Im probably making about $800 a month right now (is that embarrasing?)
I started out in a NSS shop and was also literally thrown to the wolves. I worked weekends but had a full time job working 12 hour shifts. It was hard!!! I am/was a single mother of 2 and sooooo many times thought what the hell was i doing? I nearly gave up many times but I managed to acquire a small clientel and when the NSS said "we close up now" i had no choice but to booth rent. After about 6 months out of that NSS shop I had a decent book and quit my full time job. There were hard times but I became frugal and realized i could do without a lot of things. I used to wonder if i could ever support my family on a nail tech pay....i look back at that now and am so thankful to my clients who encouraged me to say in business. Ive been on my own for 3 years now and my book is so full i have a waiting list. Sometimes i think "good god, what i have done"! I was able to build my business in a recession!! I am truly blessed!!

Just keep plugging away.....if it truly love what you do, it WILL pay off for you!! As i am thinking back now... I started off with 20 polishes and some no name acrylic.....lol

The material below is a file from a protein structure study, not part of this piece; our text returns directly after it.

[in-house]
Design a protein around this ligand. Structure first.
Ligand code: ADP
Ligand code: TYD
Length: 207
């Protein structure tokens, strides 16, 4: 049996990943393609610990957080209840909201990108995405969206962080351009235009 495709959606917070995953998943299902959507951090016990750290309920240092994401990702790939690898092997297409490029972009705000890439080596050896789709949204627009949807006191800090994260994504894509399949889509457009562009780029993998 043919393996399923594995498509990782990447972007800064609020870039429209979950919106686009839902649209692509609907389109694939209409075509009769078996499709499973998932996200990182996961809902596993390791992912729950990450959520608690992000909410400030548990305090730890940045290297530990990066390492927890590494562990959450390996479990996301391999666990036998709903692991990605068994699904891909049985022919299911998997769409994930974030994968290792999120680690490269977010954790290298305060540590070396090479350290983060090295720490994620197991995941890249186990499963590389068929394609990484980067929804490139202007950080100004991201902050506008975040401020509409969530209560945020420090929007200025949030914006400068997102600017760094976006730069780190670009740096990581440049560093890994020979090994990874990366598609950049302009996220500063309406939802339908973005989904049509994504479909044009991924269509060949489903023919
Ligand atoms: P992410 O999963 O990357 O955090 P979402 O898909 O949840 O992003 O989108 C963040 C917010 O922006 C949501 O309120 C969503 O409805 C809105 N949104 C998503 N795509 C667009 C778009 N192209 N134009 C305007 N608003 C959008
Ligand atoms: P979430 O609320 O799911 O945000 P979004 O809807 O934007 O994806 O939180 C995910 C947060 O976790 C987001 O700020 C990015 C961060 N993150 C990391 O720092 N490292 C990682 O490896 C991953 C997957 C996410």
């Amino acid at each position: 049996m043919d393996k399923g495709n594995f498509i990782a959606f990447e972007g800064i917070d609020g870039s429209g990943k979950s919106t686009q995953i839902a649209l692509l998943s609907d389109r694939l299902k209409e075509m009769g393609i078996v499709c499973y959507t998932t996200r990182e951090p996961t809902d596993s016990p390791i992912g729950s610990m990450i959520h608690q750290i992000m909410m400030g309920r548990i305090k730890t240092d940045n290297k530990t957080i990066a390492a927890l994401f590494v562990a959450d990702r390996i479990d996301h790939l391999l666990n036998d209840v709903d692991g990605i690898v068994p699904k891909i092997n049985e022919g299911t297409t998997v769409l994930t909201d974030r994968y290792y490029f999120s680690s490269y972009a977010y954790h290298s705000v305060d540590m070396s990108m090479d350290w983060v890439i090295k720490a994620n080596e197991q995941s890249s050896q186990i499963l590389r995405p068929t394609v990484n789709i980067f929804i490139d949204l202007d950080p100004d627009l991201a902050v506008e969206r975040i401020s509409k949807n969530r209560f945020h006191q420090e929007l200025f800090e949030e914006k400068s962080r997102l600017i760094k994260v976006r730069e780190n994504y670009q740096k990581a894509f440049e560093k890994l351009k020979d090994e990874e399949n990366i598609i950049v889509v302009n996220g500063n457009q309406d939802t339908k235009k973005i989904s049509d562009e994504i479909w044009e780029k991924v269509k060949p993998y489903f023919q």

Hang in there....
I have worked at about 5 different places in my 12 years of doing nails....and I dont think it would take you that long to build up.

I have co-owned my own salon, booth rented, and been an employee. Currently, I work for someone, and I have to say that this is the slowest Ive built up in my whole career. Its very, very frustrating for me, because I brought all of that experience to their place...they didnt really have a 'nail department' before I came on board.
The last salon I worked at before I left the business....I was making close to $800 a week including tips...but the owner advtertised all the time and was constantly marketing the salon. It was a brand new place that I helped to open, and pretty much within 7 months I was making very good money.

And my current bosses dont advertise outside the salon at all. This is a common beef with all the ppl there that arent booked completely. The owners just make us referral cards to pass out, we do email blasts to current clients...and I do the Facebook offers from time to time.